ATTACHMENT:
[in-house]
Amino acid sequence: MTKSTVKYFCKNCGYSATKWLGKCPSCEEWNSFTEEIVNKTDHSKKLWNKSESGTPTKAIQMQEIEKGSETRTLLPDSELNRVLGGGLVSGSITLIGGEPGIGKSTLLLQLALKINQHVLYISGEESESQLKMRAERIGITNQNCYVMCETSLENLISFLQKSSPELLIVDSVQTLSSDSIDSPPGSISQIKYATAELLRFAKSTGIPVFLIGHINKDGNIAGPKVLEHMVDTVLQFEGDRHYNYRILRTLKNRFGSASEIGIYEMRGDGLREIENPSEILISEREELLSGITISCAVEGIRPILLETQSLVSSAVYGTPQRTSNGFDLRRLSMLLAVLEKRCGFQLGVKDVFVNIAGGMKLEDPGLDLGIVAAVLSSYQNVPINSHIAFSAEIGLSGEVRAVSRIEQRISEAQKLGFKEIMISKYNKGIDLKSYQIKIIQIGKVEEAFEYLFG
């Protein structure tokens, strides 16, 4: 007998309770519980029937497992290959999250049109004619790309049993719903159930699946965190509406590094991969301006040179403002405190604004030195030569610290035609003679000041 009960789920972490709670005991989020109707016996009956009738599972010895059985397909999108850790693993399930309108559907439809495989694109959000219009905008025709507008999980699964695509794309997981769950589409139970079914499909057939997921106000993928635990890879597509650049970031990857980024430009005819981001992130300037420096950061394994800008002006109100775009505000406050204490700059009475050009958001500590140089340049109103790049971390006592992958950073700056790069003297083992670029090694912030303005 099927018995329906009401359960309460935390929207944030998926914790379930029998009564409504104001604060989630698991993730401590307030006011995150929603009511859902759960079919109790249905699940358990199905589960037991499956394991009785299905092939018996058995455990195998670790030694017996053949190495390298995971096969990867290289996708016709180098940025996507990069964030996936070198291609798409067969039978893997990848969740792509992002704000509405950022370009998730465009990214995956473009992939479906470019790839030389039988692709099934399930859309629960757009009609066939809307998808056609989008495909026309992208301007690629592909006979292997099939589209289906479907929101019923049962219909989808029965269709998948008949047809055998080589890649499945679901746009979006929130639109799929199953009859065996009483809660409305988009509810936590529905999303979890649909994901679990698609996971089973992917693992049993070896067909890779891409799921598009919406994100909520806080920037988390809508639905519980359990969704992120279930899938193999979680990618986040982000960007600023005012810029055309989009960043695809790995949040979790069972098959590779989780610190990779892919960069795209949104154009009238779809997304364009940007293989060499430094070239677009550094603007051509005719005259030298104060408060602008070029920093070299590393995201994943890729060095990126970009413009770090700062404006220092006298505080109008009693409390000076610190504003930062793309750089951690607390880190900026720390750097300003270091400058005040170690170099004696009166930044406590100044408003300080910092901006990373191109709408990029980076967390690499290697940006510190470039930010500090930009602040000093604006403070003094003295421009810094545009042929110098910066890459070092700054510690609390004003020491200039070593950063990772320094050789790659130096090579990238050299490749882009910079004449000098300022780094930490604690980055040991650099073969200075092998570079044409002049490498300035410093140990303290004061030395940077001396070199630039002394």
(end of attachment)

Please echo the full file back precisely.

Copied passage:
[in-house]
Amino acid sequence: MTKSTVKYFCKNCGYSATKWLGKCPSCEEWNSFTEEIVNKTDHSKKLWNKSESGTPTKAIQMQEIEKGSETRTLLPDSELNRVLGGGLVSGSITLIGGEPGIGKSTLLLQLALKINQHVLYISGEESESQLKMRAERIGITNQNCYVMCETSLENLISFLQKSSPELLIVDSVQTLSSDSIDSPPGSISQIKYATAELLRFAKSTGIPVFLIGHINKDGNIAGPKVLEHMVDTVLQFEGDRHYNYRILRTLKNRFGSASEIGIYEMRGDGLREIENPSEILISEREELLSGITISCAVEGIRPILLETQSLVSSAVYGTPQRTSNGFDLRRLSMLLAVLEKRCGFQLGVKDVFVNIAGGMKLEDPGLDLGIVAAVLSSYQNVPINSHIAFSAEIGLSGEVRAVSRIEQRISEAQKLGFKEIMISKYNKGIDLKSYQIKIIQIGKVEEAFEYLFG
């Protein structure tokens, strides 16, 4: 007998309770519980029937497992290959999250049109004619790309049993719903159930699946965190509406590094991969301006040179403002405190604004030195030569610290035609003679000041 009960789920972490709670005991989020109707016996009956009738599972010895059985397909999108850790693993399930309108559907439809495989694109959000219009905008025709507008999980699964695509794309997981769950589409139970079914499909057939997921106000993928635990890879597509650049970031990857980024430009005819981001992130300037420096950061394994800008002006109100775009505000406050204490700059009475050009958001500590140089340049109103790049971390006592992958950073700056790069003297083992670029090694912030303005 099927018995329906009401359960309460935390929207944030998926914790379930029998009564409504104001604060989630698991993730401590307030006011995150929603009511859902759960079919109790249905699940358990199905589960037991499956394991009785299905092939018996058995455990195998670790030694017996053949190495390298995971096969990867290289996708016709180098940025996507990069964030996936070198291609798409067969039978893997990848969740792509992002704000509405950022370009998730465009990214995956473009992939479906470019790839030389039988692709099934399930859309629960757009009609066939809307998808056609989008495909026309992208301007690629592909006979292997099939589209289906479907929101019923049962219909989808029965269709998948008949047809055998080589890649499945679901746009979006929130639109799929199953009859065996009483809660409305988009509810936590529905999303979890649909994901679990698609996971089973992917693992049993070896067909890779891409799921598009919406994100909520806080920037988390809508639905519980359990969704992120279930899938193999979680990618986040982000960007600023005012810029055309989009960043695809790995949040979790069972098959590779989780610190990779892919960069795209949104154009009238779809997304364009940007293989060499430094070239677009550094603007051509005719005259030298104060408060602008070029920093070299590393995201994943890729060095990126970009413009770090700062404006220092006298505080109008009693409390000076610190504003930062793309750089951690607390880190900026720390750097300003270091400058005040170690170099004696009166930044406590100044408003300080910092901006990373191109709408990029980076967390690499290697940006510190470039930010500090930009602040000093604006403070003094003295421009810094545009042929110098910066890459070092700054510690609390004003020491200039070593950063990772320094050789790659130096090579990238050299490749882009910079004449000098300022780094930490604690980055040991650099073969200075092998570079044409002049490498300035410093140990303290004061030395940077001396070199630039002394």